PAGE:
A decade or two earlier, we talked of the moral deprivation of the higher authorities. But today, corruption has infiltrated every level. Every person, whether on a moral level or for social capital, wants to get the most out of others. There has been a loss of the most basic autonomous civil units. Today, civil servants come from the province to villages and individuals; in the past, civil servants were from the county level. There is greater uniformity, but no grassroots self-government. This leads to a lack of options. To maintain stability, tremendous pressure is exerted from the top-down. There are very few middle options.
This is not merely a challenge of legitimacy, but of efficiency. Under the traditional governance structure of China, there has always been a power struggle between the central and local governments. The central government has different parties and groups. Previously, this was solved through power sharing, which looked something like the Senate of the Roman Empire, which was ruled by senators and nobles. But now the pendulum has swung to the other side, so everything includes an office of military and political affairs. This includes the permanent committee in the Politburo, where everything is under the authority of one person. Rule from the top reduces efficiency, and there has been a loss of autonomous civil units, but there has also been a rise of regulation by technology. These include facial recognition, internet policing, and more. Thus, to make up for the loss of autonomous civil units, ruling has become incredibly [technologically] efficient.
Even though there is a stable society today, it harbors the possibility of another, greater crisis. Not only is there a governing crisis, there is also a racial crisis, including places like Xinjiang and Tibet. Change in the system affects all of this, impacting the body as a whole.
In response to this crisis, there is a movement to strengthen authoritative structures. To protect itself, this is called “stability maintenance.” The ruling party must find an ideology other than national salvation for the basis of their rule. There are several. One is the Chinese Dream, which is nationalism. It promises a progression from rich to great: “In the past we were rich, now we are great.” In other words, “Make China great again.” Let China become heroic again. If China is to be great, it will inevitably clash with America; this is one response to the current situation.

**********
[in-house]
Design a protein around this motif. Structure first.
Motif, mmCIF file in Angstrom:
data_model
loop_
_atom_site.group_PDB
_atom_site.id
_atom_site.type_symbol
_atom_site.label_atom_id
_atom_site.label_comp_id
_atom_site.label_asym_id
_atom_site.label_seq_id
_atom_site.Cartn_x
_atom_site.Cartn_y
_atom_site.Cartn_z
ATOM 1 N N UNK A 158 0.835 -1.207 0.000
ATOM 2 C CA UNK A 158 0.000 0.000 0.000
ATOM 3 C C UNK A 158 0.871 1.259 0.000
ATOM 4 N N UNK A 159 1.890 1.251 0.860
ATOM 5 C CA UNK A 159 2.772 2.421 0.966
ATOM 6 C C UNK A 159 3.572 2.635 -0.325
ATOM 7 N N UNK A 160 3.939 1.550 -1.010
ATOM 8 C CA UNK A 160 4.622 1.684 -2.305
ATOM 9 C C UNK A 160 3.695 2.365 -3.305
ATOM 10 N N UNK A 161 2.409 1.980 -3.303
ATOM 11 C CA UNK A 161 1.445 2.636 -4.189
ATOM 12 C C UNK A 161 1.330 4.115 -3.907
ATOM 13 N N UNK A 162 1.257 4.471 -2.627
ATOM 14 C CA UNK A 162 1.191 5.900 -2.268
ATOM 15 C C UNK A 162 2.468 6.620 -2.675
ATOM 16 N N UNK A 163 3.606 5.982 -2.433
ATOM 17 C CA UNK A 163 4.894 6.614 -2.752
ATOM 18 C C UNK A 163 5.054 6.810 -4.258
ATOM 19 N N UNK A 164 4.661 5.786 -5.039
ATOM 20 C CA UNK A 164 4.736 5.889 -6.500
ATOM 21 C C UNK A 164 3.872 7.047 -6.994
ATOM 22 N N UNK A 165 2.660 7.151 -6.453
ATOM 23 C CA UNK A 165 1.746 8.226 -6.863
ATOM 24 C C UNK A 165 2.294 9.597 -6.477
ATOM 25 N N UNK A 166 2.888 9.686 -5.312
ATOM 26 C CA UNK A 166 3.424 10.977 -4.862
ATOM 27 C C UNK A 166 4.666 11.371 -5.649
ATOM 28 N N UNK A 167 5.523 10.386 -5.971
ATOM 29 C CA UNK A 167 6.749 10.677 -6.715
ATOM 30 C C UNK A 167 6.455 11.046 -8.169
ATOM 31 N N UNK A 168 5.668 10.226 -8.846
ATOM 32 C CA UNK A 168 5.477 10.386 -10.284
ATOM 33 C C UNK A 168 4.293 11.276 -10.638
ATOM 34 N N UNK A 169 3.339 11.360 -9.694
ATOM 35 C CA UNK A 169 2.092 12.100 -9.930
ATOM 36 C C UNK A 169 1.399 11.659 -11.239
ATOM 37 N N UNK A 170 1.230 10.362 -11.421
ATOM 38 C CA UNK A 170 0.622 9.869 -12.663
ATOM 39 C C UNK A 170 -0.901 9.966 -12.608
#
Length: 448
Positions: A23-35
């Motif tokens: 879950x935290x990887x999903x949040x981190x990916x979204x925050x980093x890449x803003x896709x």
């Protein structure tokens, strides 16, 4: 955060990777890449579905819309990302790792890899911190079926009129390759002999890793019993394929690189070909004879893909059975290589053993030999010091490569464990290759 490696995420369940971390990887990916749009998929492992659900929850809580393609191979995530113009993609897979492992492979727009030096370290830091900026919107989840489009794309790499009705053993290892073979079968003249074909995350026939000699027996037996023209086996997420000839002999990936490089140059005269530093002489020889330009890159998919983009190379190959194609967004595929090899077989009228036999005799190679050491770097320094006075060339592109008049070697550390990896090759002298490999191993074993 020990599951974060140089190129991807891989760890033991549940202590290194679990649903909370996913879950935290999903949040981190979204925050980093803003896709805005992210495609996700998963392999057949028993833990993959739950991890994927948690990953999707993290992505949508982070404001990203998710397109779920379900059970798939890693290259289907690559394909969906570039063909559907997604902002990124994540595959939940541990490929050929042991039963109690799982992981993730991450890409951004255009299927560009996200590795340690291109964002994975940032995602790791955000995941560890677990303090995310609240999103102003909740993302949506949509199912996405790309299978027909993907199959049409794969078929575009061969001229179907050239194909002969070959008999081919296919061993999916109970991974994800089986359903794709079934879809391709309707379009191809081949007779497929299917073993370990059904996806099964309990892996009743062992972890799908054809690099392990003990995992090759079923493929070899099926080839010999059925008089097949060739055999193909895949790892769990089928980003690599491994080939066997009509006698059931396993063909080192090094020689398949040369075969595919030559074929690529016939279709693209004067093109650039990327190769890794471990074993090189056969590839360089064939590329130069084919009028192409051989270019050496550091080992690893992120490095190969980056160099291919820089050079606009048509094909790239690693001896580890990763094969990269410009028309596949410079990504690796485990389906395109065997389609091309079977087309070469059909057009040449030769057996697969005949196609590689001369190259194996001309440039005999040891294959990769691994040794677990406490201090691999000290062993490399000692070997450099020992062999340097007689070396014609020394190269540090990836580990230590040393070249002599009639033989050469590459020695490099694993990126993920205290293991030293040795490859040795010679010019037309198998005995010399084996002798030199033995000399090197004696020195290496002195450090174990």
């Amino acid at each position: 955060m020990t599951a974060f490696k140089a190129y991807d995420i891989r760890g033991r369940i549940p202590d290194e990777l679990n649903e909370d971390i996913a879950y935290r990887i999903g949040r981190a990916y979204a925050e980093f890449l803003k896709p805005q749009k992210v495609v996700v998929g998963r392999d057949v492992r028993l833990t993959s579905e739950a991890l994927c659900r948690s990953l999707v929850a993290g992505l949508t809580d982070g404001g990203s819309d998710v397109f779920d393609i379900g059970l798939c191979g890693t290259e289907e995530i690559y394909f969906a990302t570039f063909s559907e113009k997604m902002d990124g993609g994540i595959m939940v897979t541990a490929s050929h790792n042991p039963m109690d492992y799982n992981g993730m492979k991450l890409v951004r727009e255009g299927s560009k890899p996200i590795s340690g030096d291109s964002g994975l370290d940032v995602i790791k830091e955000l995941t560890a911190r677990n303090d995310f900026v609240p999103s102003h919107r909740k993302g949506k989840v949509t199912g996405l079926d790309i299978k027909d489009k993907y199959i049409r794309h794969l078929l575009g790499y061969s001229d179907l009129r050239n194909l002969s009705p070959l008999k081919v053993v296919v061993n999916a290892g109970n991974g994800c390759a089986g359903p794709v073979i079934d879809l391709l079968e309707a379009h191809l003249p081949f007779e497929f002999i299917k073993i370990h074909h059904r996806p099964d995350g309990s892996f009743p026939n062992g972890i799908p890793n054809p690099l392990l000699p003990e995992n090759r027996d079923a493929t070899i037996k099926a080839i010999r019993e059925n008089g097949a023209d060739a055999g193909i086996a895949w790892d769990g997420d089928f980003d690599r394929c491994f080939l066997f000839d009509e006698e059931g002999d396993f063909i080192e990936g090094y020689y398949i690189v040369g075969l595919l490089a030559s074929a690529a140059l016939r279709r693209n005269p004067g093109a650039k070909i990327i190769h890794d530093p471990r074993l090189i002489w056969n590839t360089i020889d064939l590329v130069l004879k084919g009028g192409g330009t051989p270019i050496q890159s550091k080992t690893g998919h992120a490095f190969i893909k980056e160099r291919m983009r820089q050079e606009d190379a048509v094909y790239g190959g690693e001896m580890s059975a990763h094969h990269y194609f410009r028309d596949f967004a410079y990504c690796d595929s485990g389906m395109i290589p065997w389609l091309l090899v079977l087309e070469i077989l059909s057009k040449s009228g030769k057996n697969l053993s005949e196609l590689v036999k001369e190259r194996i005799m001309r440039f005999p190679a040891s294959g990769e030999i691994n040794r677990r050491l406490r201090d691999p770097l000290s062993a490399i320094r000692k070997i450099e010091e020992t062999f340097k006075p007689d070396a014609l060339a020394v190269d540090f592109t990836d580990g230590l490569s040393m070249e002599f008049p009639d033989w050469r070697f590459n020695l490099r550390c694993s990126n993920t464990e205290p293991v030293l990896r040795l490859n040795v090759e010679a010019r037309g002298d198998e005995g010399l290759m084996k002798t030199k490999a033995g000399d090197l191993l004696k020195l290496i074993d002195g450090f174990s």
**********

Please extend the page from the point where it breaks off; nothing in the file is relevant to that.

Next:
Another response is to emphasize the legitimacy of ideology, i.e. the Confidence Doctrine: confidence in our chosen path (of socialism); confidence in our guiding theories; confidence in our institutions; confidence in our culture.
How do you develop this confidence? The first way is to deal with official corruption. Then, emphasize an active ideology and the right to speak. There must also be an emphasis on Chinese characteristics, and a suppression of universal values. This includes the New Religious Regulations. At the core of these regulations is a question of loyalty, equivalent to asking, “Who’s the boss?” Christianity must be softened and Sinicized, all of which contributes to the development of confidence in this new ideology. Add to this the encouragement for people to reject Western holidays such as Christmas, and this is how we ended up where we are today. It is all part of a logical chain; there are deep roots for where we are now.
I predict this is not short-term, but will continue for 10 to 20 years, or longer. For now, we do not see viable short-term options. Either China will be thrown into sudden chaos, or it will slowly develop an unknown ideology toward stability. What style this might be, we do not know. When we look at the New Religious Regulations and its clash with the church in recent years, we see the process of the gospel penetrating a culture. At the core of this first stage is the question: “Who and what is the church?”
Who is the head of the church? Where does the church’s allegiance lie? As the gospel transcends culture, this is a fundamental conflict in the first stage of establishing an institutional church. Although questions of faith are involved, the questions today are those of ecclesiology. The focus is not on who believes or who does not, but on where the church’s allegiance lies. Is the church merely a component under the Chinese system – or does the church have its own self-sufficient system and legitimacy?
Then, there is conflict over governance authority. Who has power? In the past, while China was busy getting rich, the government had confidence in its full legitimacy to rule and there were fewer questions of loyalty. But now, in this time of reconstruction, they ask: “Do you love me? If you do, you must raise the national flag. If you love me, you will register [your churches].” In the traditional Chinese way, the government feels the need to establish its legitimacy, all the way down to the most basic autonomous civic units, through demanding absolute political loyalty. As you understand the inertia of Chinese culture, you see how an organization like the church creates many problems.
The road ahead is unclear, and it may be decades long. The most important question is: “What is the church?” It is essential for us to know how the church should view itself.
Translation provided by Moses, Jane, Ryan, and the China Partnership translation team.